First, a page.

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3 Ways to Promote a Healthy Lifestyle to Kids for Obesity Awareness Week

childhood obesity safeguarding children

 

 

Did you know that this week (8th January–14th January 2018) is National Obesity Awareness Week?

According to the GOV.UK website, nearly a third of UK children aged between 2 to 15 years are overweight or obese. This is worrying for a number of reasons—obesity can lead to some very serious health issues, including diabetes, heart disease and ill mental health.

Safeguarding children from the risk of obesity should be important to every responsible caregiver. The government has already introduced plans to decrease the rising figure of childhood obesity in the UK, by taking measures such as reducing the sugar content in everyday products by 20 per cent, offering healthier options in public sector cafes and restaurants, and providing low-income families with food vouchers for fresh fruit, vegetables and milk.

However, promoting a healthy lifestyle should start much closer to home if we want to make a true impact on children’s wellbeing. We’ve compiled 3 easy steps that you can take this week to raise awareness of obesity and promote a healthier lifestyle for children and young people.

 

Physical Activity

Obesity is primarily caused by consuming more energy through food than we use through activity. Therefore, encouraging children to lead a more active lifestyle is a great way to combat obesity. Motivate your kids to ditch their screens this week by arranging to go on a long walk, or introduce them to a sport they might enjoy as a long-term hobby.

 

Introducing a Healthier Diet

Teach children new ways of experiencing some of their favourite ‘junk’ foods. A takeaway pizza can be replaced by a homemade pizza, for example, or why not try a fruit-tasting session to introduce youngsters to new snacks they might not have tried before?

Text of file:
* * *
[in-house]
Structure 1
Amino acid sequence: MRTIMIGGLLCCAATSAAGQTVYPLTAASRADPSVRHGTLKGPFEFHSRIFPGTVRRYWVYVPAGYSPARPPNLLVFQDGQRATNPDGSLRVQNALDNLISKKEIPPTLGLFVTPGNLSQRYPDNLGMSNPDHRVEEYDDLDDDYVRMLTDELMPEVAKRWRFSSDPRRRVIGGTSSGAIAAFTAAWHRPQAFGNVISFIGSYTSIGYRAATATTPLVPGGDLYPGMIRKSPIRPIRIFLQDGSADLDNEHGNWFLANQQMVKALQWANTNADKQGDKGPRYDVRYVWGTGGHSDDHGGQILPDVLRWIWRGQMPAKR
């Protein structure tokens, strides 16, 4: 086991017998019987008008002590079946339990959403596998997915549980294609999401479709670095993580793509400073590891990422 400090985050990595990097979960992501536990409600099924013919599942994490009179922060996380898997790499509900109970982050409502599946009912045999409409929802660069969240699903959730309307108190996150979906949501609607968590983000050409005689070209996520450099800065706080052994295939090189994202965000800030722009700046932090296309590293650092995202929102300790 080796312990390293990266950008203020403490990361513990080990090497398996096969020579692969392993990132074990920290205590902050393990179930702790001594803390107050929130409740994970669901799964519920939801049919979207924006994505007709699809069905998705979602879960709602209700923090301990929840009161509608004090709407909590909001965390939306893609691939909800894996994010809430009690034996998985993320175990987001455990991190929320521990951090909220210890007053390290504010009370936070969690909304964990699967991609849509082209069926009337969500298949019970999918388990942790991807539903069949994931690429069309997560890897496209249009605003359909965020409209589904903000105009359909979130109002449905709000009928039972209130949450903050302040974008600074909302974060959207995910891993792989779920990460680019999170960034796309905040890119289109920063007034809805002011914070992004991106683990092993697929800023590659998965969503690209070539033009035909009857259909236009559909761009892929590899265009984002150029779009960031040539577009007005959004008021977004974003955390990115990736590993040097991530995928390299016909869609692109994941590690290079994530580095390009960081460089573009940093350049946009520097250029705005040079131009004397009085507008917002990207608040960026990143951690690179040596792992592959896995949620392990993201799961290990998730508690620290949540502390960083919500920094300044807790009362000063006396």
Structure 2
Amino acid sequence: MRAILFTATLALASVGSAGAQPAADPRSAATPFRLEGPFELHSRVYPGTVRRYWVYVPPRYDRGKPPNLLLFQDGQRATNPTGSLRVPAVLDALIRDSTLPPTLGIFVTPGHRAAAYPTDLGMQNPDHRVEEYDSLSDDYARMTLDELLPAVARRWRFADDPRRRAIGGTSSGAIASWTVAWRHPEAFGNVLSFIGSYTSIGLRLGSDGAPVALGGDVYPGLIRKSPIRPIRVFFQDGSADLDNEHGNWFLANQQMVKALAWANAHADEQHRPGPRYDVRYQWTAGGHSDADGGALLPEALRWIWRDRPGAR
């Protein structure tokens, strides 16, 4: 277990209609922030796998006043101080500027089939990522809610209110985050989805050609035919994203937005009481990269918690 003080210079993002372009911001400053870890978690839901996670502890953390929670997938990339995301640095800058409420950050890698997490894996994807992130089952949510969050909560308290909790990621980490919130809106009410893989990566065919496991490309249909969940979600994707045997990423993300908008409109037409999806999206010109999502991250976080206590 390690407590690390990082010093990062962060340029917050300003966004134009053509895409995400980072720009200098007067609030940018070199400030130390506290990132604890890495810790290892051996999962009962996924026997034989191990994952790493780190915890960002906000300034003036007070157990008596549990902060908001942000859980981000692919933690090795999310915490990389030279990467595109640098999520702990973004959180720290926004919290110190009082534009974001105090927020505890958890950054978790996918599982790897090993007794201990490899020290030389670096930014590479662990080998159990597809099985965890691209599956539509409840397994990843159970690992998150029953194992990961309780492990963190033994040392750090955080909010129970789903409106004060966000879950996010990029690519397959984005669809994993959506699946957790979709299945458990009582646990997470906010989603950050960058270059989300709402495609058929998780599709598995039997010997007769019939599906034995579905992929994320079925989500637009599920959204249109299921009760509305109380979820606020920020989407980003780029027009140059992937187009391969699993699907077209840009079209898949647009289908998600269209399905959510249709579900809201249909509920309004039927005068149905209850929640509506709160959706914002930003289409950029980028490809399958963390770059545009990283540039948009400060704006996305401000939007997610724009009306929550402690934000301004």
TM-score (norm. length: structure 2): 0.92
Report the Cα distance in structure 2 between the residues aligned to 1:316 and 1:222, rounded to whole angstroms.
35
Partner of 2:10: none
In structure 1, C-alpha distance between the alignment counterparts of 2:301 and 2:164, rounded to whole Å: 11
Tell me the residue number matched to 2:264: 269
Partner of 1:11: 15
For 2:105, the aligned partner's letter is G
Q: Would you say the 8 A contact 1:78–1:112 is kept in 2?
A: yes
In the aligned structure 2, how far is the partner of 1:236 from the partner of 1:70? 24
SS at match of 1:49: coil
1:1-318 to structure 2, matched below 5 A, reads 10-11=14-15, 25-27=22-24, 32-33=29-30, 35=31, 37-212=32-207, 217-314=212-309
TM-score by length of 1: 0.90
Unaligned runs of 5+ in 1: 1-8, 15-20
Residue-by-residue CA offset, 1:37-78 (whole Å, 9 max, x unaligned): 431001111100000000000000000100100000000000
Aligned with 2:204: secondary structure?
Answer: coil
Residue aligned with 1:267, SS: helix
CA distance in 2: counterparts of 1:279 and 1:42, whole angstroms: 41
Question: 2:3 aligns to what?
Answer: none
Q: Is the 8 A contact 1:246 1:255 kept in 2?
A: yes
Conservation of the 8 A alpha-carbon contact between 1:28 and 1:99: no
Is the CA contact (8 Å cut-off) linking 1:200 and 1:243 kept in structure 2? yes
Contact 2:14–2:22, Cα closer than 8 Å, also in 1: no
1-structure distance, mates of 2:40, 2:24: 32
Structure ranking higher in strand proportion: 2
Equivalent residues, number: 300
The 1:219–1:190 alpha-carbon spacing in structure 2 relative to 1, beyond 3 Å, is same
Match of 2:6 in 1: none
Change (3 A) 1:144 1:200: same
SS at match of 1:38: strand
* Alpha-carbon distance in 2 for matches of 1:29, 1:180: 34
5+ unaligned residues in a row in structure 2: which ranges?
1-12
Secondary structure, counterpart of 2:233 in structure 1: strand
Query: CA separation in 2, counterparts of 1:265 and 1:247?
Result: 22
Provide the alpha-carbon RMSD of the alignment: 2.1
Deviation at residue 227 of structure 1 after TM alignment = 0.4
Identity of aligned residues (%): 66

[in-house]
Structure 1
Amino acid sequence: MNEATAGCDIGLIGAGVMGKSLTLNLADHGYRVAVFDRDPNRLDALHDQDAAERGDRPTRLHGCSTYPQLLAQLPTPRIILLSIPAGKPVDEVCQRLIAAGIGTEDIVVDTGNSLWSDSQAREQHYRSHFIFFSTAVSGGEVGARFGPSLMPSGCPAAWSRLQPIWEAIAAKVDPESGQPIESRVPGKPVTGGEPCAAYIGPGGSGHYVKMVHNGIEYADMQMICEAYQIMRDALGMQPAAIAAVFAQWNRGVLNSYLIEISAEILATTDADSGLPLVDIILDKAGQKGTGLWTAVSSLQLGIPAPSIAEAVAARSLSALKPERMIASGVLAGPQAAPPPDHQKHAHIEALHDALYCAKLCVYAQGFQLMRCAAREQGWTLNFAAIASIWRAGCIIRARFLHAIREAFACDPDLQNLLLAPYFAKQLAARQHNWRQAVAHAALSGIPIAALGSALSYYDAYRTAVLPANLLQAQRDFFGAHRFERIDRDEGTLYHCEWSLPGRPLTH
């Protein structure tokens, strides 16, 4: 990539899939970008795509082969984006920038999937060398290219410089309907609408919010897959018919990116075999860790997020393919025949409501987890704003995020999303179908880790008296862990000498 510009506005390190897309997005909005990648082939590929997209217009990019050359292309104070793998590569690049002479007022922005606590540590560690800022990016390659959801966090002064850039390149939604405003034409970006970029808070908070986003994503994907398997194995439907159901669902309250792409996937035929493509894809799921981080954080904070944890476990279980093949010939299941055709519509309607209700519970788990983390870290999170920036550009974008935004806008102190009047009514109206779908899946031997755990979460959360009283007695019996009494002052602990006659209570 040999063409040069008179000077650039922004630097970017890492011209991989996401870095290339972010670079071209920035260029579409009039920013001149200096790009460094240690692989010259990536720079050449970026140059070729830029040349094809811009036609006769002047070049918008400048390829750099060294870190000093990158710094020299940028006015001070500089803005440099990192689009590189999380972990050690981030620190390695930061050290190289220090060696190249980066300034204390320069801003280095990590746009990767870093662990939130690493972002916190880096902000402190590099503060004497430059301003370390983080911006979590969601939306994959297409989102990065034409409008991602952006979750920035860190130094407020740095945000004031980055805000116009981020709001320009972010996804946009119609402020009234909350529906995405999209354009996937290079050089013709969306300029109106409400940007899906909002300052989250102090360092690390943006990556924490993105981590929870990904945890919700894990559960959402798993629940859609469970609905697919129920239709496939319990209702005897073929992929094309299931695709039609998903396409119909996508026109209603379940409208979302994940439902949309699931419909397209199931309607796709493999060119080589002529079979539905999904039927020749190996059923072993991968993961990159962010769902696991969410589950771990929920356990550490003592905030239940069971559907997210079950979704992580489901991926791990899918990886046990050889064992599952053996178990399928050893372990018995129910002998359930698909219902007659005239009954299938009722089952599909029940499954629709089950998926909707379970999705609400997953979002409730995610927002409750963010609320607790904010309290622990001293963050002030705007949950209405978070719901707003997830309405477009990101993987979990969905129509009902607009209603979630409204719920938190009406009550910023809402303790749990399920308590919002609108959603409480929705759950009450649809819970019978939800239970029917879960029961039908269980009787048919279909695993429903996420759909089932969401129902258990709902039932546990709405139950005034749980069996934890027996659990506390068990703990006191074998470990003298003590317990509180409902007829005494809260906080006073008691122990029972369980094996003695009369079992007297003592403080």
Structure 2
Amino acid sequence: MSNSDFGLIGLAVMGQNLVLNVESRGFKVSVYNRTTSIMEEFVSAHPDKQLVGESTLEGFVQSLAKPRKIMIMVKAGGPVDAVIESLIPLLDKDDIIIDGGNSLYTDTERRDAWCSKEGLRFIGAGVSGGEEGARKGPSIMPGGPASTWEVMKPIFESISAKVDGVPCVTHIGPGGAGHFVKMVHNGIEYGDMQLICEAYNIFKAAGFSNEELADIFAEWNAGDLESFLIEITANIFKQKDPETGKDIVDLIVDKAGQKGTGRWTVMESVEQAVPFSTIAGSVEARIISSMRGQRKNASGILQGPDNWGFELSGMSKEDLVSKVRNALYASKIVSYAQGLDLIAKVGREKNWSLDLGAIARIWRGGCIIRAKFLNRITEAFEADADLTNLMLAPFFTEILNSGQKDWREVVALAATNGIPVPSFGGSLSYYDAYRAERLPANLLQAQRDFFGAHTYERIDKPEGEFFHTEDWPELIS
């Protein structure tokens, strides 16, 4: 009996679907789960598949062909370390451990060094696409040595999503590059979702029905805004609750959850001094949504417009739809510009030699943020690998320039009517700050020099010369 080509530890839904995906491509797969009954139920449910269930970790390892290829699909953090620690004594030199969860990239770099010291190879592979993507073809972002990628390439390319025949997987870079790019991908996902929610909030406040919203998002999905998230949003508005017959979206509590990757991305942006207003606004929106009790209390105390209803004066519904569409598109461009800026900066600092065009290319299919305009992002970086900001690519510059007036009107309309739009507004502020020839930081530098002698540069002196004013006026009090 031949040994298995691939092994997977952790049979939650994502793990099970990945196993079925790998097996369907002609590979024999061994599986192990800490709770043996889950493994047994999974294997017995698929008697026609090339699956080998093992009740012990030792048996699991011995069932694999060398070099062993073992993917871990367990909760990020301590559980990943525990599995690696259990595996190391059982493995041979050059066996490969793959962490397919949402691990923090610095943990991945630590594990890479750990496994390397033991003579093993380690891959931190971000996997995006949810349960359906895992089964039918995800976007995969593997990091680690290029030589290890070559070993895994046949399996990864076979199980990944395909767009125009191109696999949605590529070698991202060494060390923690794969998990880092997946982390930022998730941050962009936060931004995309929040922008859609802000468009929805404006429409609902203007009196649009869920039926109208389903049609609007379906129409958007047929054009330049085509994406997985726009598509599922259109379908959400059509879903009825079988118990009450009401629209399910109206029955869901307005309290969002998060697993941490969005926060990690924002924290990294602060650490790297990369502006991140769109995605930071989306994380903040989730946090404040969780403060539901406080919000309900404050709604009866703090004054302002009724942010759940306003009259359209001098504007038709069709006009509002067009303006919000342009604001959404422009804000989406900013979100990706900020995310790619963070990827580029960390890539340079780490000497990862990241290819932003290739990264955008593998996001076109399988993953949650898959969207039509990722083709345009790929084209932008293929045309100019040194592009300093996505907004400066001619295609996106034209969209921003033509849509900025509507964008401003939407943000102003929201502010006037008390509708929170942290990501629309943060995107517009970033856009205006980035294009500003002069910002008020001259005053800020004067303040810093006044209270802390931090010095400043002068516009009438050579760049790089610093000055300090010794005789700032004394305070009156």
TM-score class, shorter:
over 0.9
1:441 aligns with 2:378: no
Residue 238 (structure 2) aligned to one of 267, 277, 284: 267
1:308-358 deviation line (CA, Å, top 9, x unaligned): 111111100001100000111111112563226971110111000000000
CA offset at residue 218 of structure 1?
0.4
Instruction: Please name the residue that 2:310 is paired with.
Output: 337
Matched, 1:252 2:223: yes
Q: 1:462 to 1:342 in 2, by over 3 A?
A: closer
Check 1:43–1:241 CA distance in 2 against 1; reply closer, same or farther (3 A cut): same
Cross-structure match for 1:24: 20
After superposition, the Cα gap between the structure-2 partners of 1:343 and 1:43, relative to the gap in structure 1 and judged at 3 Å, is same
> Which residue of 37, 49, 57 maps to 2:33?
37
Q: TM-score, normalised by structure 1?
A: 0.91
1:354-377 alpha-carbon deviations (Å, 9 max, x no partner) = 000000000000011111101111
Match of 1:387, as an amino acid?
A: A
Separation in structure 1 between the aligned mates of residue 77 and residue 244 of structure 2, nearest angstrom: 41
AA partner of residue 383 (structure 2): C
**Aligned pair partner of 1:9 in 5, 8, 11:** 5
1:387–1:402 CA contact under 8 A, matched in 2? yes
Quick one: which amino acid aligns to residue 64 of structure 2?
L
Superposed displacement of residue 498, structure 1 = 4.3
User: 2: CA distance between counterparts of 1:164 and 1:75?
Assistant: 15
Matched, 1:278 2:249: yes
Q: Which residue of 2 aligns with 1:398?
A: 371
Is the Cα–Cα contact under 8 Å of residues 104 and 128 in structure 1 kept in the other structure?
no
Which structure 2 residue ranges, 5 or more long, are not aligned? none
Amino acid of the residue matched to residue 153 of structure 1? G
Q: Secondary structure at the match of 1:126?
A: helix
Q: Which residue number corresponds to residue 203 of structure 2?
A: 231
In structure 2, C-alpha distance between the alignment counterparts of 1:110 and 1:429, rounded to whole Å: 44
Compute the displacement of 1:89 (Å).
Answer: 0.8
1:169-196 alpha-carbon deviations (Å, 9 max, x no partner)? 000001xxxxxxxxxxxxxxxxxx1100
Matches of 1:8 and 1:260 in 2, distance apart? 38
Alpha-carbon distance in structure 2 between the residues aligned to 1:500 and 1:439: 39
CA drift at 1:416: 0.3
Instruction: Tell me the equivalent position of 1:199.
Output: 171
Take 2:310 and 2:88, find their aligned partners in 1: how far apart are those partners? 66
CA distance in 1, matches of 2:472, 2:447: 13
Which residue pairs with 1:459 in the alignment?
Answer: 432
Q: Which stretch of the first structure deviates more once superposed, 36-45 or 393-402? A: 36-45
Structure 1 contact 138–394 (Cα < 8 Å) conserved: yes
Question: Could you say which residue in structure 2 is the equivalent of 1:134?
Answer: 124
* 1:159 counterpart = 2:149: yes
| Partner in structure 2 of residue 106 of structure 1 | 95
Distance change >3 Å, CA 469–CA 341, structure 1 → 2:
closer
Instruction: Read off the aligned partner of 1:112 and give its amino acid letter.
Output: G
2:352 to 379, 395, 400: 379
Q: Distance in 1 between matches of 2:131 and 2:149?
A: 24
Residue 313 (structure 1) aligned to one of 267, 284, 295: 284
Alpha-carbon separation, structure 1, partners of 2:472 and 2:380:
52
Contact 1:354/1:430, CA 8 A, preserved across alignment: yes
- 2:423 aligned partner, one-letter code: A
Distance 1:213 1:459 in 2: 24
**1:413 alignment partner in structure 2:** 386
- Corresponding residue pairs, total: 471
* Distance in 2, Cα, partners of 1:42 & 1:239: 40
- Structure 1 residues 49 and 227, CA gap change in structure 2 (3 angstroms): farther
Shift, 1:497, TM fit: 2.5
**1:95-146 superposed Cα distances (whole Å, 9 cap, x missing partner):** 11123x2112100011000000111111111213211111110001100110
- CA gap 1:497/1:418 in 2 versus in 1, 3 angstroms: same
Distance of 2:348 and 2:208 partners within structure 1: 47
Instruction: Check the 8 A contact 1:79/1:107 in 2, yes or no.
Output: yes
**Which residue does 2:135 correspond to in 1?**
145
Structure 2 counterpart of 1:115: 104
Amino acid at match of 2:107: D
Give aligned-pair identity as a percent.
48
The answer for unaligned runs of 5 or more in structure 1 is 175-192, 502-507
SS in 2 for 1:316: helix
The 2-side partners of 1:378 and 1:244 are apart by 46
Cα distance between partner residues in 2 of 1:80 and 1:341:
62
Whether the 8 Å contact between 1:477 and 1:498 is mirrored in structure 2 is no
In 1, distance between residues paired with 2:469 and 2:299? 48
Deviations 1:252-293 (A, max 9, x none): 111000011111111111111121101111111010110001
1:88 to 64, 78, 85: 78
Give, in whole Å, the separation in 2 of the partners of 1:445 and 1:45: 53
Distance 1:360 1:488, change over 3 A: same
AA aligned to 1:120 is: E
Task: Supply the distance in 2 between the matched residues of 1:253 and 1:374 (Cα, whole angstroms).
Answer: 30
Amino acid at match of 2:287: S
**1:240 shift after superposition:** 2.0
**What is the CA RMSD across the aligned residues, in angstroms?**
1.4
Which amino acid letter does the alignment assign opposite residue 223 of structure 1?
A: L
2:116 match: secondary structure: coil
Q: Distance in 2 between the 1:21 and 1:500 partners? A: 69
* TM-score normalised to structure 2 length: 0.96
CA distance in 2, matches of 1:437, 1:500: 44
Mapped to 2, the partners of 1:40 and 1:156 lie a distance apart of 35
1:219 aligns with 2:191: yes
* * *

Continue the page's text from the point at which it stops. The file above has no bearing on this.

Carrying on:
Breakfast Every Day

Eating breakfast every morning benefits your body in more ways than just satiating hunger—breakfast plays a key role in maintaining a healthy weight. If you’re a parent, take extra steps this week to ensure your children eat breakfast before they leave the house for school; if you’re a teacher, why not try setting up a bring-your-own breakfast club? Invite your students to arrive 30 minutes before the normal school day, encourage them to bring their friends and their own breakfasts, and make the club as enjoyable as possible so that everyone can start their day positively. You might even find that doing this regularly increases productivity in the classroom!

 

Activities like breakfast clubs can be a great opportunity to discover more about your students’ wellbeing. Pay attention to those who attend—a child who persistently arrives at school having not eaten breakfast may well be a victim of child neglect. While this is not always the case, it is a requirement that you seek child protection training to learn the many signs of abuse and neglect that will help you to recognise and support a child in need. For more information on the Child Protection Company’s range of online safeguarding courses, please click here.